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> Date: Fri, 20 Jan 2006 10:41:09 -0500
> From: email@example.com
> To: firstname.lastname@example.org
> Subject: RE: [xml-dev] Utilizing the Web's Whole Information Space, i.e., Mechanisms/Patterns of Information Usage and Formation?
> My interest is at a higher level. I would like to abstract away from
> specific "formats", and understand the general mechanisms/patterns that
> have emerged on the Web for formulating and delivering "information".
> Joseph Chiusano referenced an article that said:
> "Web pages as the face of the Web are becoming less important in
> general. Rather, the foundation for the Global SOA has Web services as
> the underpinning."
> I disagree wholeheartedly with the referenced article. The whole point
> of my message is that networked "information" is the underpinning of
> the Web, not any particular technology or format.
I guess I disagree at least somewhat with your disagreement. I see the Web as a set of technologies and formats, used for all sorts of diverse purposes. Grand architectural principles are grafted on (or reflect the intent of certain designers of the Web, e.g. REST) but are at best abstractions that cover best guesses or best practices, not fundamental aspects of an "information space" or whatever.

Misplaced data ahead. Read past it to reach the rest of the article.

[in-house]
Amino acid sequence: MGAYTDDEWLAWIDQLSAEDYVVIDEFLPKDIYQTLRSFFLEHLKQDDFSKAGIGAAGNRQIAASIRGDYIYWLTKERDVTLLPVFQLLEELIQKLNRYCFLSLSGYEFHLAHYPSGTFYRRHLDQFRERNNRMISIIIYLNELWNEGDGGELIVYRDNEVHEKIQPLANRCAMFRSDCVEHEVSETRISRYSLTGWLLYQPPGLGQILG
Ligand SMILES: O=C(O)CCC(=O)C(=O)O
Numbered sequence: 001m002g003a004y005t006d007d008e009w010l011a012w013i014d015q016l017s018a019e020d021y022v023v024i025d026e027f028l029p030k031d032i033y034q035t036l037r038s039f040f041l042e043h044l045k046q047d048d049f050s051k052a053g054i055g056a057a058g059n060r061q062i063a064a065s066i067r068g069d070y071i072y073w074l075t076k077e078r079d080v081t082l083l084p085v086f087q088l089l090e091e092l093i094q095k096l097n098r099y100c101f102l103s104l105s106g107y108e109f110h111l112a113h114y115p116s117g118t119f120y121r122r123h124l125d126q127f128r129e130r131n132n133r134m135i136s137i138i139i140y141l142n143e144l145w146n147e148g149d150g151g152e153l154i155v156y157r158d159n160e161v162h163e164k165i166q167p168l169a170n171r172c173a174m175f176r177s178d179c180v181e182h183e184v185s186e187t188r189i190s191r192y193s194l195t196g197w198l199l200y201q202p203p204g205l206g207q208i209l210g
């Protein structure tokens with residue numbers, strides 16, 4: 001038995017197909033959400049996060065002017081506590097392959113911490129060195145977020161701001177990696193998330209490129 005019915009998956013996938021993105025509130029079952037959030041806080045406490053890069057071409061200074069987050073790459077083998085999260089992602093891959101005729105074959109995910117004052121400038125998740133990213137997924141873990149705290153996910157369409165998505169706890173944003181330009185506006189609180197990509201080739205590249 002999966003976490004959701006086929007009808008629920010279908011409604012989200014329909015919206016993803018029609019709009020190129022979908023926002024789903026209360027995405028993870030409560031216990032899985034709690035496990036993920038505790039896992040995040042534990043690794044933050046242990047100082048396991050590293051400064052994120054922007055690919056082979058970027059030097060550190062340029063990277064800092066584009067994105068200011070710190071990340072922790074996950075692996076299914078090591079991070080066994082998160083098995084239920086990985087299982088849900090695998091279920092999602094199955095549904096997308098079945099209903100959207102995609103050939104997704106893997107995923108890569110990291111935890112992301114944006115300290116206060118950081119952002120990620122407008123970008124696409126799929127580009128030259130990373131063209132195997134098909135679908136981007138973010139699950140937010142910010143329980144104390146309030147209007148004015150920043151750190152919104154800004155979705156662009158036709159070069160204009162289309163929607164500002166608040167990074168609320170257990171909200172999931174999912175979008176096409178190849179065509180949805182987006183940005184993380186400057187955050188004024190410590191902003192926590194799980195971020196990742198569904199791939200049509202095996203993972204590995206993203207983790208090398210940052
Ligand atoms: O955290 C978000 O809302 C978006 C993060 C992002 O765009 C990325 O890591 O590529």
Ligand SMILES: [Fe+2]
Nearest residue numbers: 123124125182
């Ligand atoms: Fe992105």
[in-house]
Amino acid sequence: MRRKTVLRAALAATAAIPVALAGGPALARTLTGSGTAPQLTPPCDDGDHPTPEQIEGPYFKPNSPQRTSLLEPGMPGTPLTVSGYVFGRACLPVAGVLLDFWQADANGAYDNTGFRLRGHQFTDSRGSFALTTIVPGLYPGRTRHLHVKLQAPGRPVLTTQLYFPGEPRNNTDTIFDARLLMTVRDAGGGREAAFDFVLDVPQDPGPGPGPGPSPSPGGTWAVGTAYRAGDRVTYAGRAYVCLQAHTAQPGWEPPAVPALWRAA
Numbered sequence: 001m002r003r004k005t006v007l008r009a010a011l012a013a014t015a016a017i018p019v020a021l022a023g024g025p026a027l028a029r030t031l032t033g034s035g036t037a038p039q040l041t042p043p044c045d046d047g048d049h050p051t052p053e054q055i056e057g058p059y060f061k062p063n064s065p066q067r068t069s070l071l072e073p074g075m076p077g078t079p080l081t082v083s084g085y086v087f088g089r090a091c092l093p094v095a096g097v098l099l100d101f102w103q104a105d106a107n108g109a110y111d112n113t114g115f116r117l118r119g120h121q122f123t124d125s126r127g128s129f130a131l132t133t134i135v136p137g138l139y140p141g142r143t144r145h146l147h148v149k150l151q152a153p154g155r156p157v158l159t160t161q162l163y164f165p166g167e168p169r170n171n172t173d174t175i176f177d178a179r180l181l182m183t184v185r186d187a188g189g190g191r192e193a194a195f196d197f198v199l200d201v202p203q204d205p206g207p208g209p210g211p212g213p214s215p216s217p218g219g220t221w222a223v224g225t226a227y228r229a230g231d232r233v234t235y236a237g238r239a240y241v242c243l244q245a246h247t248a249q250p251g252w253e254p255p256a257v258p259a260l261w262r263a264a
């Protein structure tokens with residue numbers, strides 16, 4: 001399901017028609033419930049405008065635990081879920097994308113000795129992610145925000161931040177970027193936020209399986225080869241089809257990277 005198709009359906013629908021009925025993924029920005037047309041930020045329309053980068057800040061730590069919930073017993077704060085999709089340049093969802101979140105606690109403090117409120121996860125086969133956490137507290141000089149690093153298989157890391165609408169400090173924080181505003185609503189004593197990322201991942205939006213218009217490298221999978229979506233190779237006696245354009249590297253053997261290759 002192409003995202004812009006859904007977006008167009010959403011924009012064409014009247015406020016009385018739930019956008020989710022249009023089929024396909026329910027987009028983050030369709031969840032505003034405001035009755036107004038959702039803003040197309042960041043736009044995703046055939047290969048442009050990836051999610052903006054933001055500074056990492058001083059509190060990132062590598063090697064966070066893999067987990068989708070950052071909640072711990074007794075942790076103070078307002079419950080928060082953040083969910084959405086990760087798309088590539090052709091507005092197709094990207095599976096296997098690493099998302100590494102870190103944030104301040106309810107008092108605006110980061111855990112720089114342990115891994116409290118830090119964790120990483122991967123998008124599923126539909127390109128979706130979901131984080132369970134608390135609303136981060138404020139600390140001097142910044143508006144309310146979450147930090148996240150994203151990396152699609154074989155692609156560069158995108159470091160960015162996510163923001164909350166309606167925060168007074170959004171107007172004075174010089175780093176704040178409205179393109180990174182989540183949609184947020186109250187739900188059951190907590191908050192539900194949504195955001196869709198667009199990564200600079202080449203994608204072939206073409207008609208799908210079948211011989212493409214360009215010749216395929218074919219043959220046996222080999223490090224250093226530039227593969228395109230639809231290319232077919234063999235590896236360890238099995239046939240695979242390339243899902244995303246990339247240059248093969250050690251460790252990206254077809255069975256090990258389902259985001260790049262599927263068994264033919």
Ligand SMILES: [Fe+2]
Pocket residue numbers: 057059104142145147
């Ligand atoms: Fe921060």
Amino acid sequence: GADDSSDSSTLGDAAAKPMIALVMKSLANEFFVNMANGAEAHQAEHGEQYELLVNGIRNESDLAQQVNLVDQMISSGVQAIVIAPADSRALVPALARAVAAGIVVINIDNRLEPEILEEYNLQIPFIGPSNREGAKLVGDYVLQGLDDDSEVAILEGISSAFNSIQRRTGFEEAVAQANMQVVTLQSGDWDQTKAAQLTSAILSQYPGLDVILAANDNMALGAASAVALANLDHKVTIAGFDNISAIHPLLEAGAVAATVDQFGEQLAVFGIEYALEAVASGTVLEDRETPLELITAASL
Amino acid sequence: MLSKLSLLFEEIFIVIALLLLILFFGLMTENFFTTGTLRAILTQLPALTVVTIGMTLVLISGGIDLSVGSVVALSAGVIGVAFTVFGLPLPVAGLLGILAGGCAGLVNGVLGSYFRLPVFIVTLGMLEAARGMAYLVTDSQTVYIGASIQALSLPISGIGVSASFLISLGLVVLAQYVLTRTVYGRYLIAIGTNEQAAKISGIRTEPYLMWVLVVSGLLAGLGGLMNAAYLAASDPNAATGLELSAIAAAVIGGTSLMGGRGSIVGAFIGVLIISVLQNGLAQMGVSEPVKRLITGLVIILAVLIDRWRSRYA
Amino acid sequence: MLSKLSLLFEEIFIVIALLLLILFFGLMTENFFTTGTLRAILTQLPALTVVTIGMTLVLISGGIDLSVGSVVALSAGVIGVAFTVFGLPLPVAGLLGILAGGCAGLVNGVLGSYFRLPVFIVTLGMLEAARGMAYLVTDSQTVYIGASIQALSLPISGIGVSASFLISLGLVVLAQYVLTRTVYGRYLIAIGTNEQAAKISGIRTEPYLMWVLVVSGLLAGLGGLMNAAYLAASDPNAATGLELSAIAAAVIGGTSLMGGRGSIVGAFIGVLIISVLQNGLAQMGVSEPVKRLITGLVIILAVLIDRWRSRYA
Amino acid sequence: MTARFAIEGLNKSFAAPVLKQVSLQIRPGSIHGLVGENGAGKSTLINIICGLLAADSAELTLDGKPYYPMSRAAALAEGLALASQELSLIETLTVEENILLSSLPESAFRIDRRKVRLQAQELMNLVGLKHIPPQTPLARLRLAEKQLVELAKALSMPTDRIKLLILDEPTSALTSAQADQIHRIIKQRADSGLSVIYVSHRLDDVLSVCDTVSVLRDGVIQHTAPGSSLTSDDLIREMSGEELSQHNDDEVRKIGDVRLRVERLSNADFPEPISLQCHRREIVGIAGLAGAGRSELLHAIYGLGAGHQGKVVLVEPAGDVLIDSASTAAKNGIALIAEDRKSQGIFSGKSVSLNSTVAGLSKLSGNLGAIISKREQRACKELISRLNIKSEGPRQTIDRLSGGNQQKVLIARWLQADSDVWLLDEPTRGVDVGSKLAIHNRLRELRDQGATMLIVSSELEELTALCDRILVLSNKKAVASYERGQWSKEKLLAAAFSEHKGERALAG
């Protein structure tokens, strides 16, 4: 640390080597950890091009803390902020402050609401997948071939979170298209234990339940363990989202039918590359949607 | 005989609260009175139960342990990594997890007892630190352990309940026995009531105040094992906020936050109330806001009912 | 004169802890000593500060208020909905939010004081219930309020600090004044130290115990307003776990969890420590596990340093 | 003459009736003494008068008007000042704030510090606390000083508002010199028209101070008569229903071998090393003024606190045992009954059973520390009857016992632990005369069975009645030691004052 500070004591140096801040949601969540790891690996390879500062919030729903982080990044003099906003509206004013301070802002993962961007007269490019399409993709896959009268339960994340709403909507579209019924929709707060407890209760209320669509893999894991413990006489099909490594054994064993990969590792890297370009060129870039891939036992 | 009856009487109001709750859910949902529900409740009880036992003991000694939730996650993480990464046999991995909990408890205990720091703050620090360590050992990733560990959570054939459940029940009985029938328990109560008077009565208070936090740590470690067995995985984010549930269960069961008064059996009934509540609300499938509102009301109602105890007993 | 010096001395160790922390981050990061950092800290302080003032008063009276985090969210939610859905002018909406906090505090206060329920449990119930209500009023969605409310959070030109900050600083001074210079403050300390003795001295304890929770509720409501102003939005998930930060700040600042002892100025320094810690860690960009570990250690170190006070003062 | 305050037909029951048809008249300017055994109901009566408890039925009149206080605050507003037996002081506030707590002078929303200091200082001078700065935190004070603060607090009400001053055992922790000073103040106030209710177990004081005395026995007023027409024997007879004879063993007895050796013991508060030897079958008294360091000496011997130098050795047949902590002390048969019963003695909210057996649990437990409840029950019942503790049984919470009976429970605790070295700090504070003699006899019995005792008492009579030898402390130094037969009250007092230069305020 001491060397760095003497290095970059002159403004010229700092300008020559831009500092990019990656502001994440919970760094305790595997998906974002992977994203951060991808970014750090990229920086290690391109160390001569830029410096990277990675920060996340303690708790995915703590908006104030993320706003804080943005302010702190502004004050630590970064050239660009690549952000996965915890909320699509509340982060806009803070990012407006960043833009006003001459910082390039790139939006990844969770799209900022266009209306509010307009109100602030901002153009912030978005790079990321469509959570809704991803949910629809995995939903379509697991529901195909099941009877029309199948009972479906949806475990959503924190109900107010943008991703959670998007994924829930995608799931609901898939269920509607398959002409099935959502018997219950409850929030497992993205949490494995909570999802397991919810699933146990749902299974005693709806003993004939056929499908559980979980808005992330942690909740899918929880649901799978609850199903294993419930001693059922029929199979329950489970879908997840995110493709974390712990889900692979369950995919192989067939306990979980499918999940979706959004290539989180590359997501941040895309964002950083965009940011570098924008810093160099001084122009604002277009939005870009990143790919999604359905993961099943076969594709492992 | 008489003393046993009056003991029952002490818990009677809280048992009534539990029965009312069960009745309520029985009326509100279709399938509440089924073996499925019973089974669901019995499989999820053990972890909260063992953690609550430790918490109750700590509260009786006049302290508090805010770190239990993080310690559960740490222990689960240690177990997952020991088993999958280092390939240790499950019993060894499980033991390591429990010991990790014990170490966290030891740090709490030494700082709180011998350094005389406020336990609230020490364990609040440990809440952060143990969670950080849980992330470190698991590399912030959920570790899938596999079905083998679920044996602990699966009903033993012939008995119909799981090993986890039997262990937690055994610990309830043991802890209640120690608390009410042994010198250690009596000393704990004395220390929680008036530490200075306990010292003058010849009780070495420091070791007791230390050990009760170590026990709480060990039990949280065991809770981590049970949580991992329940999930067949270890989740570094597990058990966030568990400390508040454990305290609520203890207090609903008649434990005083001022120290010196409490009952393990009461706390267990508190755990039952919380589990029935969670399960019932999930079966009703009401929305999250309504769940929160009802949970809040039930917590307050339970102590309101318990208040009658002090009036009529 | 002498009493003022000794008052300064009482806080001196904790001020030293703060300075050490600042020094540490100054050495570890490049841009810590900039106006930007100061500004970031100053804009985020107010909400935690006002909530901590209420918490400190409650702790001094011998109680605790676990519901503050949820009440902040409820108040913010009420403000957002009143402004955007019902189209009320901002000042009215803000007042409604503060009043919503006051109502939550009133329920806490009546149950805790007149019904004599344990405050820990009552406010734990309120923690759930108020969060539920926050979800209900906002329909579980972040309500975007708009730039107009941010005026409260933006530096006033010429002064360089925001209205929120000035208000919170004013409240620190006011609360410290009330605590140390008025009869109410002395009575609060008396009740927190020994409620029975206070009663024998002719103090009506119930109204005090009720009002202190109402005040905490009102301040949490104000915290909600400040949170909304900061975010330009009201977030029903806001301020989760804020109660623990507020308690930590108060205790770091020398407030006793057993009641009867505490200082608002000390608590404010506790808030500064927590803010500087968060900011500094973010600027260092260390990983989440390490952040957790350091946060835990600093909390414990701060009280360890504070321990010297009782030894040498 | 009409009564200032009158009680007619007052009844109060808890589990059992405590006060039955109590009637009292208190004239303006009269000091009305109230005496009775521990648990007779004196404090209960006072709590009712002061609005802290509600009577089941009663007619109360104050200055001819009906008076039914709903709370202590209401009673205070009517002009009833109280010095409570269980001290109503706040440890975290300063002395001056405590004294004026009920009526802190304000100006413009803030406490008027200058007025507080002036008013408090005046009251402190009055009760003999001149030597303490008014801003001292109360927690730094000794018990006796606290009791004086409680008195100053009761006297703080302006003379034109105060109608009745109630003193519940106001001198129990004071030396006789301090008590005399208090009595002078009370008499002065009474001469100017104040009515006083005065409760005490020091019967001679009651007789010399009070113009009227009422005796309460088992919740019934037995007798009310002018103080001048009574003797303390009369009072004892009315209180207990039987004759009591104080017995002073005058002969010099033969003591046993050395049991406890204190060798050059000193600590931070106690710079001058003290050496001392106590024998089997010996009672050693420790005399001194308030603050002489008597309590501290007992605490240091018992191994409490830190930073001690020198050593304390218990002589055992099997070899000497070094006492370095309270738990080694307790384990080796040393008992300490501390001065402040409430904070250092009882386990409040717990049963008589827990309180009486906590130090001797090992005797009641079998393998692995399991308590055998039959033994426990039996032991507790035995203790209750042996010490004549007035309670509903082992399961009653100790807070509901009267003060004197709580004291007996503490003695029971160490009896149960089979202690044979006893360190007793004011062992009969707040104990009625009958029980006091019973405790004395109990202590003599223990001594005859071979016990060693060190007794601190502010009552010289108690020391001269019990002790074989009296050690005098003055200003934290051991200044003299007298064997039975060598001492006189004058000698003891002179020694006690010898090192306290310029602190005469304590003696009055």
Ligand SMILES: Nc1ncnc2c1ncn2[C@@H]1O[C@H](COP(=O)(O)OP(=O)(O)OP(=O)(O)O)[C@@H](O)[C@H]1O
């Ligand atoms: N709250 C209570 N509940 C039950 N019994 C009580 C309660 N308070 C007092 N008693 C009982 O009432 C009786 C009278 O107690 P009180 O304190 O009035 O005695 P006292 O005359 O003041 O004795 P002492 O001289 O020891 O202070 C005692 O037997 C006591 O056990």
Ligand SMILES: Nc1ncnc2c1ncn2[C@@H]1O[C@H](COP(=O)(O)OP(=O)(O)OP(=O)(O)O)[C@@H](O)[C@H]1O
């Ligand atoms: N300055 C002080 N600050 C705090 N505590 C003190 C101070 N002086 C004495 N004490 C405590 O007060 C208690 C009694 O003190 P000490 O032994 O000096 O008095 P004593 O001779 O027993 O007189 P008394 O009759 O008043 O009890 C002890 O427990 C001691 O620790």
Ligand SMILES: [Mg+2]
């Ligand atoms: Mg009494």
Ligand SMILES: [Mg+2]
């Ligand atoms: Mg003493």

I know this is a permathread, but I see the Web as something that evolved, not something created by Intelligent Design. One can find general mechanisms / patterns in organisms that have evolved, but finding the true underpinnings leads you back to evolution itself. That's satisfying in some abstract way, but doesn't give you much practical guidance about what will actually work.
What do you hope to gain from understanding the mechanisms / patterns of the Web as an information space, as opposed to understanding the features / limitations of the technologies that implement it?
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